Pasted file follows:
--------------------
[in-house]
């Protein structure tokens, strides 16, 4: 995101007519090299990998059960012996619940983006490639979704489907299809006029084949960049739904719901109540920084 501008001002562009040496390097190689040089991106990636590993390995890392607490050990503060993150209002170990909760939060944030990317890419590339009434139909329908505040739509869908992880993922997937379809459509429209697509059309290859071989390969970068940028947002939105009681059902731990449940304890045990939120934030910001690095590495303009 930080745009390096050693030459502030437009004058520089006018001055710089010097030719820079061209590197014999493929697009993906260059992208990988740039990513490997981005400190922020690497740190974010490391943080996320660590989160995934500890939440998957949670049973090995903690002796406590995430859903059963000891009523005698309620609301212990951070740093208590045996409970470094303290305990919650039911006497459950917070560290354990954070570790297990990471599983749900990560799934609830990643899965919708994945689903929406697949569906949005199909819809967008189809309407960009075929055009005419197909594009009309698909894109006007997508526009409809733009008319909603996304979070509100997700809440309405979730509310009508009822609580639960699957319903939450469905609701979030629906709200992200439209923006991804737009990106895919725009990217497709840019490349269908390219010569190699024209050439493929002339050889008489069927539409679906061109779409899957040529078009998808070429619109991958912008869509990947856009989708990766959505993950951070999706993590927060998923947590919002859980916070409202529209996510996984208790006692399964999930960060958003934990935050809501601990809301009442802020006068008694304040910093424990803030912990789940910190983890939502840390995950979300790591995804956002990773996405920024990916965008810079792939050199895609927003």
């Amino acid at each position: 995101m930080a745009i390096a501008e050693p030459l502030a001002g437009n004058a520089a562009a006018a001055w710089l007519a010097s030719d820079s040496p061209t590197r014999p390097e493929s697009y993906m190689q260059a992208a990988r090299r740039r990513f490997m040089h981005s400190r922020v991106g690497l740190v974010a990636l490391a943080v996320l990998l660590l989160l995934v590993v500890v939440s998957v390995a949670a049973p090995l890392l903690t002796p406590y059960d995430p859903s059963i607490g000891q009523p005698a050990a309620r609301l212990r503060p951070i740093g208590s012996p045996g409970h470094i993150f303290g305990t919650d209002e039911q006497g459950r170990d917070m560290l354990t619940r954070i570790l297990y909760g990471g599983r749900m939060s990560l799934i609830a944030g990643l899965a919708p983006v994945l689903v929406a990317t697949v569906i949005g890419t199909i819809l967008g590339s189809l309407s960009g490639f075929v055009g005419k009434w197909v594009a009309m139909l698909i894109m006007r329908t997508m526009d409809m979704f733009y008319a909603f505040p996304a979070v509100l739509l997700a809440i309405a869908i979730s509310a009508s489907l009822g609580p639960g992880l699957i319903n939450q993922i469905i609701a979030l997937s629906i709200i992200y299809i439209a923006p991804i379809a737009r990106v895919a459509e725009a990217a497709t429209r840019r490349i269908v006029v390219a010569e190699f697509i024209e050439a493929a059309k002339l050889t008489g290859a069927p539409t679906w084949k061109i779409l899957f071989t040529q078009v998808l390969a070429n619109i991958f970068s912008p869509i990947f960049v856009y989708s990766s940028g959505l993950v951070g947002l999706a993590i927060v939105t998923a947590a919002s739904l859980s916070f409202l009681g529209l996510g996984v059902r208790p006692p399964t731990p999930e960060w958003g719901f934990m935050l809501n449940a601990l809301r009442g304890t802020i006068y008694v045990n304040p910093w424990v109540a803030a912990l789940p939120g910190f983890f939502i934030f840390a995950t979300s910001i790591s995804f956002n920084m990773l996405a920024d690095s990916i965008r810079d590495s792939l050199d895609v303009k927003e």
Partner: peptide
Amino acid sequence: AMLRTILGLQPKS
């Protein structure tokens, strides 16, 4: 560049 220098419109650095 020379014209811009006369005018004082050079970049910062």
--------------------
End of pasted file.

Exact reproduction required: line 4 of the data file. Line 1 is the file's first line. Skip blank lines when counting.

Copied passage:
Partner: peptide